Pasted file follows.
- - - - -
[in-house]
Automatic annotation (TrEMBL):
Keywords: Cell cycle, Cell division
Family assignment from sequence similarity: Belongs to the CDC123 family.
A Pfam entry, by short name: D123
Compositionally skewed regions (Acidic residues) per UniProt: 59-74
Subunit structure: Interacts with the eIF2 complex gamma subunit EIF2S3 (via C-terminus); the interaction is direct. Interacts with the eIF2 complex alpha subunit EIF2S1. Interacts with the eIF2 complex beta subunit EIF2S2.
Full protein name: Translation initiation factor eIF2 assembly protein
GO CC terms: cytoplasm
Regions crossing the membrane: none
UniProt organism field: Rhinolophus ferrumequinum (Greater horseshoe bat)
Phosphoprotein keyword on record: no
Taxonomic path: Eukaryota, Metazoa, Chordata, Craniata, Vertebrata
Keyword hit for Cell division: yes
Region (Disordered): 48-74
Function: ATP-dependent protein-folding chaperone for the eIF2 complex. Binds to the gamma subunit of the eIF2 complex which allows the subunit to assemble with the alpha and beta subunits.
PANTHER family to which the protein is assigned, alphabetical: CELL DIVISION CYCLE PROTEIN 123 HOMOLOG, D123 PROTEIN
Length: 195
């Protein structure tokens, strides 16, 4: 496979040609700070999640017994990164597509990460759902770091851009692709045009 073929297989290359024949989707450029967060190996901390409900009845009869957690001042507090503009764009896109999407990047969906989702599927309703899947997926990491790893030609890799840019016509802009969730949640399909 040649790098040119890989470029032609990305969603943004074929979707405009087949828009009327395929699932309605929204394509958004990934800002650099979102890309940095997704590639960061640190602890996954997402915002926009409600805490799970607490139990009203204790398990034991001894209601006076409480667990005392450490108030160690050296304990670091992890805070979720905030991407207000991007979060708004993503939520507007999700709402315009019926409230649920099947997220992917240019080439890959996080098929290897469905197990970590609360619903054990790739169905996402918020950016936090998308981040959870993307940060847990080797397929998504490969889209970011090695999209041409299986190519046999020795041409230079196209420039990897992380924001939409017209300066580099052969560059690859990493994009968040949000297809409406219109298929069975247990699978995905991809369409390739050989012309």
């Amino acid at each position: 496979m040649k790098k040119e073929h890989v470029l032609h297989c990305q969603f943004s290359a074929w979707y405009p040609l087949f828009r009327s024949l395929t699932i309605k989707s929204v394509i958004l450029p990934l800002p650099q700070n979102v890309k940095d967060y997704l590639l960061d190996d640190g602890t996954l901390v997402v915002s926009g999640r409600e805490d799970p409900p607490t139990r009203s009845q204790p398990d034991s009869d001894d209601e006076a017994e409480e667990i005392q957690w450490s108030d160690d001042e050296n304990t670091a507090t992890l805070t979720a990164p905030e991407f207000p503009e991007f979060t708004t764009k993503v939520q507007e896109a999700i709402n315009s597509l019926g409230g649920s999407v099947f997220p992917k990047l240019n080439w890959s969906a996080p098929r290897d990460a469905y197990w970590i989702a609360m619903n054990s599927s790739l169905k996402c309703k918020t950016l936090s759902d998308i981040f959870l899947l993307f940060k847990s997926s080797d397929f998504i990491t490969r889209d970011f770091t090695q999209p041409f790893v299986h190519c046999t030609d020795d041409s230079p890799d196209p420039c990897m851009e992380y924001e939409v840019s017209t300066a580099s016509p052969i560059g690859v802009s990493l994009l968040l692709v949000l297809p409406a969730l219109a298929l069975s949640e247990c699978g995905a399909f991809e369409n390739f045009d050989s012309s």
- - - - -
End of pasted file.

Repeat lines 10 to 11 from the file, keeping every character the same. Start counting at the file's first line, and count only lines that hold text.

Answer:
Regions crossing the membrane: none
UniProt organism field: Rhinolophus ferrumequinum (Greater horseshoe bat)